This is not an elaborate review, but to honor Women’s History Month, let me tell you why you should read Njinga of Angola: Africa’s Warrior Queen, a biography just published by Africanist historian Linda M. Heywood.
This book is the first scholarly biography of Queen Njinga (1582-1663), of one of the most controversial female figures in the history of Africa and the Atlantic world. Anybody who had the opportunity to listen Heywood in conferences over the last years know that she has been working on this project for several years, if not more than a decade. The book is divided into seven chapters. By examining the endnotes, the reader can easily notice that the book heavily relies on primary sources in multiple languages excavated through archival research and fieldwork in three different continents.
You don’t need to know the history of Central Africa to understand Njinga’s history. But by reading the biography you will become familiar with the long history of West Central Africa. You will also be introduced to the various dimensions of the encounter between West Central Africans and the Europeans that ultimately led to the development of the Atlantic slave trade.
For those of us who are familiar with the literature in this field, this book allows us to better understand the history of precolonial West Central Africa, the long-lasting presence of the Portuguese in that region, and the conversion of West Central African rulers to Catholicism, and how already in this early period these rulers had access to literacy.
On the one hand, unlike other academic works, you can read this book without consulting the extensive endnotes. On the other hand, because this is the only academic biography of Njinga, the endnotes are succinct and limited to the primary sources on which the book is based. The book dismantles the idea of an Africa without history because of the alleged absence of written sources, an absurd idea that is still present in many circles, including among historians of Europe, who usually ignore the history of Africa in their works. The biography portrays Njinga like any other European queens such as Isabella of Castile or Queen Elizabeth I of England.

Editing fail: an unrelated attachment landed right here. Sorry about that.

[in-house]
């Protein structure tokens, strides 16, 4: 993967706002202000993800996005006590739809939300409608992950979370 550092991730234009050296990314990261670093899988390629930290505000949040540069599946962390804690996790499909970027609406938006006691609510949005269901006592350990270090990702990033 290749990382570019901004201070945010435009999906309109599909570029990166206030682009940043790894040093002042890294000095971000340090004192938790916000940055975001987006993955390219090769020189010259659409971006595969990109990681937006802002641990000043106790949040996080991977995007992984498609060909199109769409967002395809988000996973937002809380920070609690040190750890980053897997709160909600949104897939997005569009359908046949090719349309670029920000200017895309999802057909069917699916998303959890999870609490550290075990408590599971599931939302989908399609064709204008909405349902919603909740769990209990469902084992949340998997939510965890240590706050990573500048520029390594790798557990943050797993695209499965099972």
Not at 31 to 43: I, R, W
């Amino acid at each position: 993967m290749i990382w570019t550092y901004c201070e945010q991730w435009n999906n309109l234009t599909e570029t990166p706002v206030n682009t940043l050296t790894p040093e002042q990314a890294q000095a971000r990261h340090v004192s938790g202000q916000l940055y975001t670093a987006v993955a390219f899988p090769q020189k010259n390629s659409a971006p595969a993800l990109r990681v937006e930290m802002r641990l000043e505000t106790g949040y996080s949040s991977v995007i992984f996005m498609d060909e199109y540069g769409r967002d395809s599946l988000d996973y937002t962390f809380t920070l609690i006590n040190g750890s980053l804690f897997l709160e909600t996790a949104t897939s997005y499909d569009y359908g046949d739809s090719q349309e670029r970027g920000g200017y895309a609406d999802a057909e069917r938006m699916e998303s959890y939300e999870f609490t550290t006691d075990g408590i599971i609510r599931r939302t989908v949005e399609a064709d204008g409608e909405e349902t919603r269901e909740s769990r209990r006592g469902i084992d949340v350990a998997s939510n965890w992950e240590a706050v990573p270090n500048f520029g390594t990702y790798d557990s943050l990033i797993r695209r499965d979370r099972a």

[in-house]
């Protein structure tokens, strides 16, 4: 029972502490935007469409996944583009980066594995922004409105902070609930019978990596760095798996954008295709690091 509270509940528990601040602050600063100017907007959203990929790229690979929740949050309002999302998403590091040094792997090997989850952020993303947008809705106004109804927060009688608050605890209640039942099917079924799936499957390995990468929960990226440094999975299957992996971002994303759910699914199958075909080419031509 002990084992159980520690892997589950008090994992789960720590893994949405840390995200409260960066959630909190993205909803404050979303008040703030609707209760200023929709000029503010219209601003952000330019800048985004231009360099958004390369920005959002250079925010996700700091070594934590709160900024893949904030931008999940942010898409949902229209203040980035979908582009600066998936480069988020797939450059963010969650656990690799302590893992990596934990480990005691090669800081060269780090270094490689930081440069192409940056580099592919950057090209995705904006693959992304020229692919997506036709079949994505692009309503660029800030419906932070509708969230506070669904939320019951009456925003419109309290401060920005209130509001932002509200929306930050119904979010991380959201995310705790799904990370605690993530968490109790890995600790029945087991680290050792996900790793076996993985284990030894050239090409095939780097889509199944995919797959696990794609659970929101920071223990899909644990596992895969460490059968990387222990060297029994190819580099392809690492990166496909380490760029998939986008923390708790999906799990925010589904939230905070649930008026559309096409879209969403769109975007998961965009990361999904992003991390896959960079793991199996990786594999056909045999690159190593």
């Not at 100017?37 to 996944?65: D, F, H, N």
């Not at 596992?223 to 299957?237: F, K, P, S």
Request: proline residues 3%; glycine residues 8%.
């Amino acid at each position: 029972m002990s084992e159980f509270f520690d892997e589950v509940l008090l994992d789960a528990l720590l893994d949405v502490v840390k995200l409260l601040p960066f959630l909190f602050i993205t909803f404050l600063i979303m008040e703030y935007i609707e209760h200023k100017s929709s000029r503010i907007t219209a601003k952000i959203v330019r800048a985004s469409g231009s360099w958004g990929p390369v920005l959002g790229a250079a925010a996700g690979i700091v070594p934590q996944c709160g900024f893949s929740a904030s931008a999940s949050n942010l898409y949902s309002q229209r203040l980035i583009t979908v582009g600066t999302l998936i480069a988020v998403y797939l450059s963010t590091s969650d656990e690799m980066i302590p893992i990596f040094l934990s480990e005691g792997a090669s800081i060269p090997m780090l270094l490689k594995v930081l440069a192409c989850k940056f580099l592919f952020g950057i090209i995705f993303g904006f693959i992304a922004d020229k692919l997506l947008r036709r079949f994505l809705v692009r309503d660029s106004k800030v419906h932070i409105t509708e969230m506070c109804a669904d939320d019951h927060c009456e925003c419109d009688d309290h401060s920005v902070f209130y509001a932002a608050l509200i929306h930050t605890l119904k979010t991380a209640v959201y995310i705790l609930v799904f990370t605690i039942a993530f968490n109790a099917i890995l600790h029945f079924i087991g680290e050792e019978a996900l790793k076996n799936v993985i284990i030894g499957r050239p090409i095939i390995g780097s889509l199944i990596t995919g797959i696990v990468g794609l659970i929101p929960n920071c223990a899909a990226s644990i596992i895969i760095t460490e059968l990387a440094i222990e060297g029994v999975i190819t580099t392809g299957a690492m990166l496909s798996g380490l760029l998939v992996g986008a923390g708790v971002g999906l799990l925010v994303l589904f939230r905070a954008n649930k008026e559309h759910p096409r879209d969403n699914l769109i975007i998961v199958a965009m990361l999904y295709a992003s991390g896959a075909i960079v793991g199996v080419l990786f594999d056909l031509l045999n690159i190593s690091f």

Heywood also explains how the Portuguese actively participated in the production of captives for the Atlantic slave trade in the region of the Kingdoms of Ndongo and Kongo that cover part of what is present-day Angola. Heywood describes in detail the atrocities committed by the Portuguese in that region as well. She also highlights the importance of Catholicism in the occupation and conquest of what became Angola. She shows how Jesuit and Capuchin missionaries participated in this project of conversion of West Central African rulers and their subjects and how they endorsed and supported the methods utilized by Portuguese officials. Yet, Heywood does not portray Njinga and her subjects as absolute victims in this process. On the contrary, they are depicted as powerful historical actors, who had the ability to make choices and who did not hesitate in exerting their authority to control their subjects and neighbors. Heywood also shows the multiple dimensions of Njinga’s conversion to Catholicism and how the queen used her conversion to negotiate with the Portuguese, to resist against their presence, and to acquire political power by not necessarily abandoning her native religion.
Heywood does not seek to examine in detail the reverberations of Njinga’s rule in Europe (especially Portugal) and the Americas (notably Brazil) and to do so we would need another book. Yet, this Njinga’s biography will certainly help historians and students of the Atlantic slave trade to better understand the trajectories of the men, women, and children sent into slavery from Angola to the Americas.